Chop Train Station Mural, Panel 1: The Revolution
Crossing into Ukraine is now much more coherent and less threatening. One reason for this is that fewer Ukrainians now travel regularly to Hungary, so fewer are returning either on the roads or trains. The smaller number of travelers is a result of Hungary joining the European Union. Ukrainians now need visas to enter Hungary, and the visas are not only expensive but difficult to get. The EU guards against Ukrainians who try to enter Hungary to work there or travel to other EU countries to search for work.

Also, fewer Ukrainians travel to Hungary to sell and buy good. The black market is no longer thriving. Fewer Ukrainian goods can be sold abroad because they are no longer a bargain. Also, most Western good available in Hungary can also be purchased in Ukrainian stores, if you can afford them.


Chop Train Station Mural, Panel 2: Building Socialism in the 1930s
The improved border crossing will be welcome by visitors flocking to Ukraine in June to attend Euro Cup soccer matches. The country is co-hosting with Poland the 2012 UEFA European Football Championship. This wildly popular quadrennial event will attract soccer fans from all over Europe. Those visitors will find that Ukraine is still a poor country with inadequate public services. Nevertheless, visitors can expect that Ukrainians will make them feel welcome. Visitors who take the time to see the historical and scenic treasures of the country will be impressed.


Chop Train Station, Mural 3: World War II
When traveling between Hungary and Ukraine by train, visitors will pass through the Chop, as we did in April. There, they will find a train station that looks now much as it did in the 1990s and probably much earlier. It has the design and feel of a Soviet train station. It is cavernous, dark, and unadorned except for a large mural along its interior walls. This huge mural is a relic of the Soviet Union, depicting its history from the revolution to the years before the dissolution of the empire.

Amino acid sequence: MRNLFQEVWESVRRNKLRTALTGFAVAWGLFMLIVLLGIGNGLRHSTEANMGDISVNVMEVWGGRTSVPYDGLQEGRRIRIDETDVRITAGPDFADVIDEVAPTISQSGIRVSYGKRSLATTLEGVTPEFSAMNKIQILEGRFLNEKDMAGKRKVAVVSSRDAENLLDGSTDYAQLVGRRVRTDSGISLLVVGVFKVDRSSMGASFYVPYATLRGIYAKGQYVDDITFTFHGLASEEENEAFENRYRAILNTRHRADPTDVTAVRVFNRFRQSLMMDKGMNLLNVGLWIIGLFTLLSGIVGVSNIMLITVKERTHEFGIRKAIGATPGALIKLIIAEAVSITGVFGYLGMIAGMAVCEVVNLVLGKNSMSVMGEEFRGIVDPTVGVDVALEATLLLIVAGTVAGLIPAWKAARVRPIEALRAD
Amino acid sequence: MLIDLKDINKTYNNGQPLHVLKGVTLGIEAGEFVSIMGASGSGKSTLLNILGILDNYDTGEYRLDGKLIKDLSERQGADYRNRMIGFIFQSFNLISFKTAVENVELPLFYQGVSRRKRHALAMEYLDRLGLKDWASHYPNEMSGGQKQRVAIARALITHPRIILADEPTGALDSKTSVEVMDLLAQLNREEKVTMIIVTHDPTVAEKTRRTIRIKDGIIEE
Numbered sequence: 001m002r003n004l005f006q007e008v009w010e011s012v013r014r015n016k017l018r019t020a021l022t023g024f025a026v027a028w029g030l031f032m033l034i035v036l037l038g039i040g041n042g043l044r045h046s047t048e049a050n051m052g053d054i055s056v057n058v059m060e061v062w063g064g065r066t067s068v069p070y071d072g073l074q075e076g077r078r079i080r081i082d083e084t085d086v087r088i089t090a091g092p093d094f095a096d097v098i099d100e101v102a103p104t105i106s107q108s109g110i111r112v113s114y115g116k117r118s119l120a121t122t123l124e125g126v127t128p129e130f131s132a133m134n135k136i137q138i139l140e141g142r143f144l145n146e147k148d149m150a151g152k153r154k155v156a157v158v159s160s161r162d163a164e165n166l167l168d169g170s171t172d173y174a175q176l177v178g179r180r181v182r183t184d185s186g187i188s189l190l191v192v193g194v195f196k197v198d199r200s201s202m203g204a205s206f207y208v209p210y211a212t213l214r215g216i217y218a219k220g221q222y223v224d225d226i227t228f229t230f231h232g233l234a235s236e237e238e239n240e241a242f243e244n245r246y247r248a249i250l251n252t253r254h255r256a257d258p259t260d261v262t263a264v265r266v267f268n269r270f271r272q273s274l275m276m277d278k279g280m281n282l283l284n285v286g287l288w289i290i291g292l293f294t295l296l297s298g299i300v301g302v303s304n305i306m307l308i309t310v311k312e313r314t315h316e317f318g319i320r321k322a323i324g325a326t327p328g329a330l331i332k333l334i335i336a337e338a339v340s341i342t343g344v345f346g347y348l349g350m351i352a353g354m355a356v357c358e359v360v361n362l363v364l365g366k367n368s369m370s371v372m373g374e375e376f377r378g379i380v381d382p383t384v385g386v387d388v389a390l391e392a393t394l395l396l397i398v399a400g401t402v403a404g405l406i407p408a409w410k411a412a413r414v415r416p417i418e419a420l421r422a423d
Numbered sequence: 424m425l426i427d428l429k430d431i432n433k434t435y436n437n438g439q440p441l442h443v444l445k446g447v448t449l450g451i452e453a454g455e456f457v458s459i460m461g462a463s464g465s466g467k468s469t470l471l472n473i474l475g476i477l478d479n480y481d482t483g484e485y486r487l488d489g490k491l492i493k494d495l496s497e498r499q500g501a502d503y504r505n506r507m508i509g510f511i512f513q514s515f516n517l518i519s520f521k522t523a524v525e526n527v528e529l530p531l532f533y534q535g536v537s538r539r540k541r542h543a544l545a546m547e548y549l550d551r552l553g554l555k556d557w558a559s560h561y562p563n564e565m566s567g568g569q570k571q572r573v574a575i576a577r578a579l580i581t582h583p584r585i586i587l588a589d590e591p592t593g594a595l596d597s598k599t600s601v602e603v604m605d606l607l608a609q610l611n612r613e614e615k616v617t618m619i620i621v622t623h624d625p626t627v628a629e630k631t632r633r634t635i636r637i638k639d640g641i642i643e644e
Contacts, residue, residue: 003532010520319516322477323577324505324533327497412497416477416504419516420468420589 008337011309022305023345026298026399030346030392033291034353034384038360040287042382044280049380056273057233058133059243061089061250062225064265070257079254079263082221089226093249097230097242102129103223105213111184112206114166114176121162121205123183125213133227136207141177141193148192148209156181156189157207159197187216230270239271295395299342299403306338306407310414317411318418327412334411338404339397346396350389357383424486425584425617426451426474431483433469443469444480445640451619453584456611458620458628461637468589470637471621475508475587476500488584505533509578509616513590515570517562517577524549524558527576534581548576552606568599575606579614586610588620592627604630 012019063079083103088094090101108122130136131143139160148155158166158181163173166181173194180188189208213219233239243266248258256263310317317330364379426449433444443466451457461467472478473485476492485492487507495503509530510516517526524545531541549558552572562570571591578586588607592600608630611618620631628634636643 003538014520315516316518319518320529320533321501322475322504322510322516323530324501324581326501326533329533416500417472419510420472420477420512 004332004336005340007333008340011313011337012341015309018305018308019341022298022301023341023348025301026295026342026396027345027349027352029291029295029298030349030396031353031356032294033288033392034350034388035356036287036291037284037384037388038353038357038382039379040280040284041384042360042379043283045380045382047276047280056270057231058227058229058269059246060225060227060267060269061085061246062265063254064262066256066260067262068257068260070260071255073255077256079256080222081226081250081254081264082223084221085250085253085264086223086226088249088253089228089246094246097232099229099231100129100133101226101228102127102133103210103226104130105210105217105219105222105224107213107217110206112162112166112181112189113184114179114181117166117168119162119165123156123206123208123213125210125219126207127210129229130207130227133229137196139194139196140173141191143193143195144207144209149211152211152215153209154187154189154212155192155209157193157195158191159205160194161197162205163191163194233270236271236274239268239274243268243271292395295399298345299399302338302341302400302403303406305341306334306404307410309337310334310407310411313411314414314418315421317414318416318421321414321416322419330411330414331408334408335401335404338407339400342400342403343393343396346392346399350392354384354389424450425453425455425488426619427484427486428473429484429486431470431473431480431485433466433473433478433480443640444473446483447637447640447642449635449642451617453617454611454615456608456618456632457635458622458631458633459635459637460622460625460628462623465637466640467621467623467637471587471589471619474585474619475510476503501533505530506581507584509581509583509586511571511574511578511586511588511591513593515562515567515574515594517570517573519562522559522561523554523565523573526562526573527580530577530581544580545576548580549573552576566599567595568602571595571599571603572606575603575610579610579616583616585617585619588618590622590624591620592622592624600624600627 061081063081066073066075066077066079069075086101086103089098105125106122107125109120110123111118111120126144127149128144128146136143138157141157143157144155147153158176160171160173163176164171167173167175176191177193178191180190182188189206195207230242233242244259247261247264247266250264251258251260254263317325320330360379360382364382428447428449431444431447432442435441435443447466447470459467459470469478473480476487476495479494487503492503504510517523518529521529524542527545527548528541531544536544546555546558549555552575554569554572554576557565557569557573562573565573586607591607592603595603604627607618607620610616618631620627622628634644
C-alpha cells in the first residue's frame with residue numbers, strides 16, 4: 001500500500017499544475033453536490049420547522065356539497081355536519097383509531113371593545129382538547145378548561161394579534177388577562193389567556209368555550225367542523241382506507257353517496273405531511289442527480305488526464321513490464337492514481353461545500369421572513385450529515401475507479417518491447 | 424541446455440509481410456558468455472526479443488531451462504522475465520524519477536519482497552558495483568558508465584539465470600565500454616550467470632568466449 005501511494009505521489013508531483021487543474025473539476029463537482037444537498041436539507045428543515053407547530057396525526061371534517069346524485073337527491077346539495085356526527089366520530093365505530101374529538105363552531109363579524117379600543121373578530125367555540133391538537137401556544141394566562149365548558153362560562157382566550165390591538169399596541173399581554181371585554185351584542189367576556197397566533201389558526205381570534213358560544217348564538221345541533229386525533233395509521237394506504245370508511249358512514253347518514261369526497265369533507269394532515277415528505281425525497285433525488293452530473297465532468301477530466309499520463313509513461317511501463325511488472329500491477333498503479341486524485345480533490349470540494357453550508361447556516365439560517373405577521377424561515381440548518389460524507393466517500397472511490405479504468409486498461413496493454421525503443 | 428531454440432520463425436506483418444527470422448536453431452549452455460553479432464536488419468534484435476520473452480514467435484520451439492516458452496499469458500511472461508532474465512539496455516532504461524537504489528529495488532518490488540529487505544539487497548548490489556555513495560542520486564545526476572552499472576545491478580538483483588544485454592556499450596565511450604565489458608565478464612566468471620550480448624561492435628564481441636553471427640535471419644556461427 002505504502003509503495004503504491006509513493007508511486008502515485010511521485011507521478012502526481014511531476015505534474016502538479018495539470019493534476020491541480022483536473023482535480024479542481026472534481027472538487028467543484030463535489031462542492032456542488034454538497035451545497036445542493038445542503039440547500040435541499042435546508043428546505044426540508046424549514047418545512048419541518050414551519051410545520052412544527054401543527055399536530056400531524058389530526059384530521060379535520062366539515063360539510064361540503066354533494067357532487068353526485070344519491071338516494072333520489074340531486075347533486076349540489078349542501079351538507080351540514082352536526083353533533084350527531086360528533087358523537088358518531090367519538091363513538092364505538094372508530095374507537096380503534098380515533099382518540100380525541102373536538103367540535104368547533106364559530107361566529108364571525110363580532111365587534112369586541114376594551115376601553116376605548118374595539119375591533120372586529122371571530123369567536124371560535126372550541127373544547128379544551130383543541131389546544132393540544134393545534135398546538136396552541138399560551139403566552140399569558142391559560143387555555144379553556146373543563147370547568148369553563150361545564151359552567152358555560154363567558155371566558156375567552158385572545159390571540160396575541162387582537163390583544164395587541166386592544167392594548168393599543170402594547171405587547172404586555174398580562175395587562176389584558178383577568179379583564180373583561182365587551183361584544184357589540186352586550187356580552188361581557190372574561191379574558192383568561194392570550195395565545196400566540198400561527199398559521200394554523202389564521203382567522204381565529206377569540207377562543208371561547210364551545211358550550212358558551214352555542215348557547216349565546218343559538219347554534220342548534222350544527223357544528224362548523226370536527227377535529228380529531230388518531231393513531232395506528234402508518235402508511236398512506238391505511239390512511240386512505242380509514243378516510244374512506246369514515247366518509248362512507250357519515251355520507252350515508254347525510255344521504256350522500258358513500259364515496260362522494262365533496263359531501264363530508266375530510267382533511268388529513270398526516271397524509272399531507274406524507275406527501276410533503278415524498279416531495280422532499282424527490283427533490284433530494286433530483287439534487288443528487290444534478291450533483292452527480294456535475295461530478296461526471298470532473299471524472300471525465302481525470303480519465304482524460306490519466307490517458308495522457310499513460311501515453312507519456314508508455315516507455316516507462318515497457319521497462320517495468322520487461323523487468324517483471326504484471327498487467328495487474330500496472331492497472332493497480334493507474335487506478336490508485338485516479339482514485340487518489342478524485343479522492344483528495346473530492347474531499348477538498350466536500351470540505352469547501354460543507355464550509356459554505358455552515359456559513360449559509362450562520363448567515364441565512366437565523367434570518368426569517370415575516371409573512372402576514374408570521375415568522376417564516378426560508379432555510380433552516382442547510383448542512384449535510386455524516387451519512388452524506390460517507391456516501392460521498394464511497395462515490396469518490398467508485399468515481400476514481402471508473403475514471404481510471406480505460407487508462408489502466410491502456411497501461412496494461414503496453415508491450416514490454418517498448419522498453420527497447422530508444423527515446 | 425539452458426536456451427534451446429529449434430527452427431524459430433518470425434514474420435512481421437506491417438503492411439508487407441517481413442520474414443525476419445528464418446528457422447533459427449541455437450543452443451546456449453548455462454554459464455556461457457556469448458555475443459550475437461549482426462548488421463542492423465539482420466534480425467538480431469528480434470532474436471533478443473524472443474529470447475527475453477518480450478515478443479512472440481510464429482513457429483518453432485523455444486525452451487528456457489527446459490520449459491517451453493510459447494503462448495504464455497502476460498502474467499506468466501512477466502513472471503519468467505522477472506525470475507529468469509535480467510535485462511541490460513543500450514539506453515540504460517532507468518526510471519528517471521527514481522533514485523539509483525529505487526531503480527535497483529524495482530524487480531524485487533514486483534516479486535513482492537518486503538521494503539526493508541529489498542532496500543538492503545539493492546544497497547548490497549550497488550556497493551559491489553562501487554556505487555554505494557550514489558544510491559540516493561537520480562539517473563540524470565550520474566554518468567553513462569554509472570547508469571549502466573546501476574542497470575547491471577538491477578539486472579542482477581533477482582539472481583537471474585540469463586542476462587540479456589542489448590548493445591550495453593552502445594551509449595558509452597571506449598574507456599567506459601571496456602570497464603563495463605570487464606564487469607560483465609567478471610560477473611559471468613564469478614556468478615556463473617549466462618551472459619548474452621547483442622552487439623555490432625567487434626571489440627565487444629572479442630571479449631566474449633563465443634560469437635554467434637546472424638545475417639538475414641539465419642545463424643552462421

Chop Train Station Mural, Panel 4: Space Travel, Modern Socialism
When looking at the mural, one of the few pieces of Soviet propaganda still visible to the public in this part of Ukraine, you can see “socialist realism” art depicting Soviet history as a story of the triumph of workers and a happy march into the future. Viewing the mural, I sometimes wonder what an extension of it would look like: how would the last twenty years of Ukraine be depicted in art form?

Just as it is difficult to find remnants of the Berlin Wall when visiting that city, it now difficult to find examples of Soviet public art and propaganda on display. Most statues of Lenin have been removed from public spaces. The hammer and cycle insignia has been chiseled from walls and fences. Communist Party slogans have been painted over. Thus, we can get a glimpse into this important element of Ukraine’s past only in places like the Chop train station. If you find yourself in the station, it is worth a few moments to step back in history by looking closely at the mural to see what the citizens of Soviet Union saw when they came to this train station during the last years of the empire.

3 comments:

  1. Mural 3 especially took my breath away. Truly an incredible work of art.

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  2. All 4 murals have recently been covered / taken away. Only yello walls remained. See https://s30.postimg.org/4e8pmnbw1/597_Chop_hal.jpg

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    1. Thanks for pointing out that sad fact and posting the picture. I was there in early April to get a train to Budapest and was shocked to see the murals were no longer there. I had told some friends traveling with me about the murals and they were interested in seeing them. So we were disappointed by their absence. Too bad the paintings are gone! I wonder what happened.